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(Reference retrieved automatically from Web of Science through information on FAPESP grant and its corresponding number as mentioned in the publication by the authors.)

Genetic Diversity and Potential Paths of Transmission of Mycobacterium bovis in the Amazon: The Discovery of M. bovis Lineage Lb1 Circulating in South America

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Carneiro, Paulo Alex [1, 2] ; Zimpel, Cristina Kraemer [3, 4] ; Pasquatti, Taynara Nunes [5] ; Silva-Pereira, Taiana T. [4] ; Takatani, Haruo [6] ; Silva, Christian B. D. G. [6] ; Abramovitch, Robert B. [3] ; Sa Guimaraes, Ana Marcia [4] ; Davila, Alberto M. R. [7, 8] ; Araujo, Flabio R. [9] ; Kaneene, John B. [1]
Total Authors: 11
[1] Michigan State Univ, Coll Vet Med, Ctr Comparat Epidemiol, E Lansing, MI 48824 - USA
[2] Amazonas State Fed Inst, Manaus, Amazonas - Brazil
[3] Michigan State Univ, Dept Microbiol & Mol Genet, E Lansing, MI 48824 - USA
[4] Univ Sao Paulo, Inst Biomed Sci, Dept Microbiol, Lab Appl Res Mycobacteria, Sao Paulo - Brazil
[5] Univ Catolica Dom Bosco, Campo Grande, MS - Brazil
[6] Agencia Def Agr Amazonas, Manaus, Amazonas - Brazil
[7] Oswaldo Cruz Inst, Computat & Syst Biol Lab, Rio De Janeiro - Brazil
[8] Fiocruz MS, Grad Program Biodivers & Hlth, Rio De Janeiro - Brazil
[9] Embrapa Gado Corte, Campo Grande, MS - Brazil
Total Affiliations: 9
Document type: Journal article
Web of Science Citations: 0

Bovine tuberculosis (bTB) has yet to be eradicated in Brazil. Herds of cattle and buffalo are important sources of revenue to people living in the banks of the Amazon River basin. A better understanding of Mycobacterium bovis (M. bovis) populational structure and transmission dynamics affecting these animals can significantly contribute in efforts to improve their sanitary status. Herein, we sequenced the whole genome of 22 M. bovis isolates (15 from buffalo and 7 from cattle) from 10 municipalities in the region of the Lower Amazon River Basin in Brazil and performed phylogenomic analysis and Single Nucleotide Polymorphism (SNP)-based transmission inference to evaluate population structure and transmission networks. Additionally, we compared these genomes to others obtained in unrelated studies in the Marajo Island (n = 15) and worldwide (n = 128) to understand strain diversity in the Amazon and to infer M. bovis lineages. Our results show a higher genomic diversity of M. bovis genomes obtained in the Lower Amazon River region when compared to the Marajo Island, while no significant difference was observed between M. bovis genomes obtained from cattle and buffalo (p >= 0.05). This high genetic diversity is reflected by the weak phylogenetic clustering of M. bovis from the Lower Amazon River region based on geographic proximity and in the detection of only two putative transmission clusters in the region. One of these clusters is the first description of inter-species transmission between cattle and buffalo in the Amazon, bringing implications to the bTB control program. Surprisingly, two M. bovis lineages were detected in our dataset, namely Lb1 and Lb3, constituting the first description of Lb1 in South America. Most of the strains of this study (13/22) and all 15 strains of the Marajo Island carried no clonal complex marker, suggesting that the recent lineage classification better describe the diversity of M. bovis in the Amazon. (AU)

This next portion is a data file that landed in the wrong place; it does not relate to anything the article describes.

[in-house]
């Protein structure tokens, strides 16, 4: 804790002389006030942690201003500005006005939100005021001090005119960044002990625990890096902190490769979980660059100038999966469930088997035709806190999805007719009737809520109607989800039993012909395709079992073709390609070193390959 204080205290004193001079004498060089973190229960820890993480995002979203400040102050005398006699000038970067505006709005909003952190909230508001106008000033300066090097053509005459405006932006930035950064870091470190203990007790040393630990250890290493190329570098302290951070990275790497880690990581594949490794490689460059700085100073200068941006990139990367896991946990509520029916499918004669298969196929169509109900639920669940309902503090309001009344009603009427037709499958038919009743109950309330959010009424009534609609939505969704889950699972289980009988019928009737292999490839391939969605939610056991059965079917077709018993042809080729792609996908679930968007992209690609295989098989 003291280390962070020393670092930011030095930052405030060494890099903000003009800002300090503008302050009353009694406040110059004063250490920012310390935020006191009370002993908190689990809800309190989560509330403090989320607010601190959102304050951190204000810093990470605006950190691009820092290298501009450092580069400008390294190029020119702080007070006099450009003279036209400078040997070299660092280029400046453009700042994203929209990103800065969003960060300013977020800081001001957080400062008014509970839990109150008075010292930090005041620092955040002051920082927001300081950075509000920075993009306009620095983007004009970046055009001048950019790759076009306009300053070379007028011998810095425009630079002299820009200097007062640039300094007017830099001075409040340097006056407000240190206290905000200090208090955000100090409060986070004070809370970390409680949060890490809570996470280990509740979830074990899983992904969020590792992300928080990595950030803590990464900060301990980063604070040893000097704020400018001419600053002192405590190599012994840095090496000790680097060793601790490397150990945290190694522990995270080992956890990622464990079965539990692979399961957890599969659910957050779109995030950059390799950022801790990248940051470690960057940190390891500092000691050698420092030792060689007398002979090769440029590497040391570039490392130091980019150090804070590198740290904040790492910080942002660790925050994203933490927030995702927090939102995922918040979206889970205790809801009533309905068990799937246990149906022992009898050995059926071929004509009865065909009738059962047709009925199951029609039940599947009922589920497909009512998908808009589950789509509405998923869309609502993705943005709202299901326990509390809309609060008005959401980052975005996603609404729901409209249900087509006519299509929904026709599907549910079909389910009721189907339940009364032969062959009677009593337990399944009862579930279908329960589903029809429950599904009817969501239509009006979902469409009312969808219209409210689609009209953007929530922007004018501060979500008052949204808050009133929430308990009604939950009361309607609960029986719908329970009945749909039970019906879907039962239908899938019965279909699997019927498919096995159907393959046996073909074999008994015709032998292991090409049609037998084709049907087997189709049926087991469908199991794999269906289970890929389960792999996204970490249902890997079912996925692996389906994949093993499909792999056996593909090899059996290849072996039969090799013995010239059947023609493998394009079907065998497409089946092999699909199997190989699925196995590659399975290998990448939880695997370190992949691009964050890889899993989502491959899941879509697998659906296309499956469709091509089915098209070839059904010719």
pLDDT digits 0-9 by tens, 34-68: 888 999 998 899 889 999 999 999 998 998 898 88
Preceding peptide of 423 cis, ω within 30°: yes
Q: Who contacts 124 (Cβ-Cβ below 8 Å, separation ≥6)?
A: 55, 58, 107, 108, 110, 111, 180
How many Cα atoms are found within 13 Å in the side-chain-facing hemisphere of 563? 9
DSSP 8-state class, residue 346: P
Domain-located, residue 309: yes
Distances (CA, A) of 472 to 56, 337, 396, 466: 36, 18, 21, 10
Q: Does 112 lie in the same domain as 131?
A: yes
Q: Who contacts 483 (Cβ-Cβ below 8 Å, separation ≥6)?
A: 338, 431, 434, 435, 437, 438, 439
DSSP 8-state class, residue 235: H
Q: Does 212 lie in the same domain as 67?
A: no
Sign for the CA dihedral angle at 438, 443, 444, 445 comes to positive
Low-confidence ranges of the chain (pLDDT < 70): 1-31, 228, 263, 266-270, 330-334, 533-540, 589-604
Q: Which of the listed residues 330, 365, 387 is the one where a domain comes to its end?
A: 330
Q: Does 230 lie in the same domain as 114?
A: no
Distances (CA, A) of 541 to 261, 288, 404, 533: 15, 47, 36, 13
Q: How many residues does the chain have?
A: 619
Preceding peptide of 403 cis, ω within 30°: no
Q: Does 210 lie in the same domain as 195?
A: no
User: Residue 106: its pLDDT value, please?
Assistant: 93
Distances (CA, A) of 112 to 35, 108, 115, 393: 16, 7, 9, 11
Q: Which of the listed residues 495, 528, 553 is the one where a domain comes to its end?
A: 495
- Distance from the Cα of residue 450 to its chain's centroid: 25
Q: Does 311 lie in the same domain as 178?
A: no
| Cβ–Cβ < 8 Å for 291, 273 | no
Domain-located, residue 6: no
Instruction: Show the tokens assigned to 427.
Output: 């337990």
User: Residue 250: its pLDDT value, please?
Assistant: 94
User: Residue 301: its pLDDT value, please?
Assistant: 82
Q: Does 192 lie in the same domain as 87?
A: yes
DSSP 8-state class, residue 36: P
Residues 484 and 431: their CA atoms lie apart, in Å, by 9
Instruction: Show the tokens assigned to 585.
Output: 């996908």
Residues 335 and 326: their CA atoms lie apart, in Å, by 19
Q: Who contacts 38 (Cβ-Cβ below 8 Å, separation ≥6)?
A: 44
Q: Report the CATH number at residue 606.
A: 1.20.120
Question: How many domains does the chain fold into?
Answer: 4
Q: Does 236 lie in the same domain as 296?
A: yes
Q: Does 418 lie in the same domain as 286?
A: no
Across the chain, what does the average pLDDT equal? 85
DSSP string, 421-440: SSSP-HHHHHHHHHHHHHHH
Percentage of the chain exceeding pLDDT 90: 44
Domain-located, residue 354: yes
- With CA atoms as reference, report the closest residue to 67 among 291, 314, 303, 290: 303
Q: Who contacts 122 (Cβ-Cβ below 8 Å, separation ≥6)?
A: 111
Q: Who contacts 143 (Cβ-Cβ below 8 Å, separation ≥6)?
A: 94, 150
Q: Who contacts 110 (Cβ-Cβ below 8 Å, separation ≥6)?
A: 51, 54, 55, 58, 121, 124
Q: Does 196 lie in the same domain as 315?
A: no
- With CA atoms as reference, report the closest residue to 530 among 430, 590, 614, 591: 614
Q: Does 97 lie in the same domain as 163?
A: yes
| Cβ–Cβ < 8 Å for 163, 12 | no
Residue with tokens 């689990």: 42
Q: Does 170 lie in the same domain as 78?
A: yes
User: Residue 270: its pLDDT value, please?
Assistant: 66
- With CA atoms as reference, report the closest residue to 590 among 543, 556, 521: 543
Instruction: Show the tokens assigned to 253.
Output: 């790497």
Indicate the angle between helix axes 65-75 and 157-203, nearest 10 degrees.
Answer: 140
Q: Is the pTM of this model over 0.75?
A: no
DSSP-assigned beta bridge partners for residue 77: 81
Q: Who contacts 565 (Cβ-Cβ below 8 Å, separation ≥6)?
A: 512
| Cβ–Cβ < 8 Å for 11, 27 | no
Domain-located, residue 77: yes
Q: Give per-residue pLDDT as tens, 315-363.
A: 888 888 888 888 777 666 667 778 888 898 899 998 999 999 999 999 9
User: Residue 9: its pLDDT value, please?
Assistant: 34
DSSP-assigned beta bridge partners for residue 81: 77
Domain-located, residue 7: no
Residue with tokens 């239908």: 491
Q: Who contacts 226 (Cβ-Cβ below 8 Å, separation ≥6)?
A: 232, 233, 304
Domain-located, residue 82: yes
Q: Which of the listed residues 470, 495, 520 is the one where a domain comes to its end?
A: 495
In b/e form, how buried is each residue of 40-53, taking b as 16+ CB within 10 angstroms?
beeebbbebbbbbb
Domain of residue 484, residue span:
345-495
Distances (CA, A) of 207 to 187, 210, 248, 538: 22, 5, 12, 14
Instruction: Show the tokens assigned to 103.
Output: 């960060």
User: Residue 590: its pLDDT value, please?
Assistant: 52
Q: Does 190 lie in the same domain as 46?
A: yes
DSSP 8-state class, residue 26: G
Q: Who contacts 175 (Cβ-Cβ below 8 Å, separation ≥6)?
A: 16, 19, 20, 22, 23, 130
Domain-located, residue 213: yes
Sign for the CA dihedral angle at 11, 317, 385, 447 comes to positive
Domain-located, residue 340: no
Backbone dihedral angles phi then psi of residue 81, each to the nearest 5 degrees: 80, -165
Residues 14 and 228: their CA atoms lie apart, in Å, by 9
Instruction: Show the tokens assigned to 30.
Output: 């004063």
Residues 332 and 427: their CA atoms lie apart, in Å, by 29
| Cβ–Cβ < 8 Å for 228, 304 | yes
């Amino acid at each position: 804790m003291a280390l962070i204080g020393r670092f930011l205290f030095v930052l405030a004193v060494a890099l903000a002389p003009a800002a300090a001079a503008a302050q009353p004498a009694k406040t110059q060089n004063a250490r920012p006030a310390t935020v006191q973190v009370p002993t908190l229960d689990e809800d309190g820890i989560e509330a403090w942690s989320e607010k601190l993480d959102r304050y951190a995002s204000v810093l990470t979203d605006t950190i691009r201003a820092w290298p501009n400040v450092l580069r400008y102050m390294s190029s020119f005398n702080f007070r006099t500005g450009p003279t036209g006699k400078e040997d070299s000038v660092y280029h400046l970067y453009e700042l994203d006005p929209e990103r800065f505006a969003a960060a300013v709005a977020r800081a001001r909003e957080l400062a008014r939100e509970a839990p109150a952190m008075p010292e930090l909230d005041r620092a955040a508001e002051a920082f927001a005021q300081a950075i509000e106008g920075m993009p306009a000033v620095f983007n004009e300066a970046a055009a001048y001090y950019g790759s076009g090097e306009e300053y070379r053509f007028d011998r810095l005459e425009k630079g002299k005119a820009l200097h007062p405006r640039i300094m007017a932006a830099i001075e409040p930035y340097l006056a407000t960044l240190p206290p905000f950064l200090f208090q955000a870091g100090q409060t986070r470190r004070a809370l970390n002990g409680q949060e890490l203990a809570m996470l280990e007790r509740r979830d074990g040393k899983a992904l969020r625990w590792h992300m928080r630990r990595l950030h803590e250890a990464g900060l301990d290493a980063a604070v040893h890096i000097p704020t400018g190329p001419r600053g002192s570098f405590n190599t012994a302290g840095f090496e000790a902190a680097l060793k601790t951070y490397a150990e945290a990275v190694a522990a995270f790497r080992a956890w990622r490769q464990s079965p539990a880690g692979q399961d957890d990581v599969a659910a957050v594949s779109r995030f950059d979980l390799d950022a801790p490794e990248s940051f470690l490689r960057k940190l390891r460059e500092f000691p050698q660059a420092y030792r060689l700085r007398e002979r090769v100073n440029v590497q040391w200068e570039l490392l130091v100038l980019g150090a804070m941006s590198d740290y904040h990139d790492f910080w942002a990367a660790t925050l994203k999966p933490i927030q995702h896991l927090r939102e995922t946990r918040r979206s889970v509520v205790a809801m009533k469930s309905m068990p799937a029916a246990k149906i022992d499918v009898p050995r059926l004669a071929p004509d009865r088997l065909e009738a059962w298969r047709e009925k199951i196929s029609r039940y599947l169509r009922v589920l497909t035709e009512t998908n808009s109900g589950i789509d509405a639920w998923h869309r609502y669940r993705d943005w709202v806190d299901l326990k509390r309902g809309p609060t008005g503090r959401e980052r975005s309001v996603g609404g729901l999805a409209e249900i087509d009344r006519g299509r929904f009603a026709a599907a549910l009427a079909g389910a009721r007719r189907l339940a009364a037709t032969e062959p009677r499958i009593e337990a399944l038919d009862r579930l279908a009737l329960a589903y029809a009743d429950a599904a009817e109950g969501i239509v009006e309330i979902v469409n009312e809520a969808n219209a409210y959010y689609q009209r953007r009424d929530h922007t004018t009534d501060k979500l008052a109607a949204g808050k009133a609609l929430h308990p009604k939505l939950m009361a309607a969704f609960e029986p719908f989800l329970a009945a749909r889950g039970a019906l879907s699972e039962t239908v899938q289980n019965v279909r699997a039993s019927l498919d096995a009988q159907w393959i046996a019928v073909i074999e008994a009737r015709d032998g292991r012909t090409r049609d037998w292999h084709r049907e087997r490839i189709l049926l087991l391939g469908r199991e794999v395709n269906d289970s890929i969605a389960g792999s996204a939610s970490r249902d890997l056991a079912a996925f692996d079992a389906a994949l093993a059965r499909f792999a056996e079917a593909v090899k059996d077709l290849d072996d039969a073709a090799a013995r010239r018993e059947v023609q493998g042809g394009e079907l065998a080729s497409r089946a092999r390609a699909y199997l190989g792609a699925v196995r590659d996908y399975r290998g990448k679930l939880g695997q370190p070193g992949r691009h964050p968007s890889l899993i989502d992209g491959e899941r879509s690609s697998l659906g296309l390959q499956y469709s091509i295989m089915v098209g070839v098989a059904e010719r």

FAPESP's process: 16/26108-0 - Systems and comparative biology of Mycobacterium tuberculosis complex: effects of genetic variability on bacterial phenotype
Grantee:Ana Marcia de Sá Guimarães
Support Opportunities: Research Grants - Young Investigators Grants
FAPESP's process: 19/10896-8 - Transcriptomic and metabolic features of Mycobacterium tuberculosis and Mycobacterium bovis during human macrophage infection
Grantee:Cristina Kraemer Zimpel
Support Opportunities: Scholarships abroad - Research Internship - Doctorate
FAPESP's process: 17/04617-3 - Host adaption of Mycobacterium tuberculosis and Mycobacterium bovis: a genomic and transcriptional approach
Grantee:Cristina Kraemer Zimpel
Support Opportunities: Scholarships in Brazil - Doctorate